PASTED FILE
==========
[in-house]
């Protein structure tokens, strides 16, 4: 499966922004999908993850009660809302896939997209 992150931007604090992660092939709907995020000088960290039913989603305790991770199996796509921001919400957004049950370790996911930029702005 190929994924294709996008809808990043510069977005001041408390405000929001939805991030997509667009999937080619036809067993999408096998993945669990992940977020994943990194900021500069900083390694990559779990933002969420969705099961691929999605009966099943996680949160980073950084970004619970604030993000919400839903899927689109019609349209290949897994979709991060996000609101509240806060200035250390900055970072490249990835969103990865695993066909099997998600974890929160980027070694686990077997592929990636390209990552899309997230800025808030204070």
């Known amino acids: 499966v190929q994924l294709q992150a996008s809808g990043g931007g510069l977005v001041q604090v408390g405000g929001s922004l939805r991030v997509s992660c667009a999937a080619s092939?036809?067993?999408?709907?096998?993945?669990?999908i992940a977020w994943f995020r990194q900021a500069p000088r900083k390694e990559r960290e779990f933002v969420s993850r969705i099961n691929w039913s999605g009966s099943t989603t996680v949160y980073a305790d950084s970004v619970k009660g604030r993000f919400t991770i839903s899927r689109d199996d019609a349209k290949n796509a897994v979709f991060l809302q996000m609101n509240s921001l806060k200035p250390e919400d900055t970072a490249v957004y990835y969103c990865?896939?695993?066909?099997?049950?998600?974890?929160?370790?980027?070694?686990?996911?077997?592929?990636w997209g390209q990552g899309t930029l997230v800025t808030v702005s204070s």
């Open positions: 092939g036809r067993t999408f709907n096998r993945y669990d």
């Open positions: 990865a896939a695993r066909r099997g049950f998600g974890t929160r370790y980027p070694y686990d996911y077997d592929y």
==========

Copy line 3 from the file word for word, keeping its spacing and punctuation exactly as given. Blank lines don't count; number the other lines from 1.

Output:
């Known amino acids: 499966v190929q994924l294709q992150a996008s809808g990043g931007g510069l977005v001041q604090v408390g405000g929001s922004l939805r991030v997509s992660c667009a999937a080619s092939?036809?067993?999408?709907?096998?993945?669990?999908i992940a977020w994943f995020r990194q900021a500069p000088r900083k390694e990559r960290e779990f933002v969420s993850r969705i099961n691929w039913s999605g009966s099943t989603t996680v949160y980073a305790d950084s970004v619970k009660g604030r993000f919400t991770i839903s899927r689109d199996d019609a349209k290949n796509a897994v979709f991060l809302q996000m609101n509240s921001l806060k200035p250390e919400d900055t970072a490249v957004y990835y969103c990865?896939?695993?066909?099997?049950?998600?974890?929160?370790?980027?070694?686990?996911?077997?592929?990636w997209g390209q990552g899309t930029l997230v800025t808030v702005s204070s």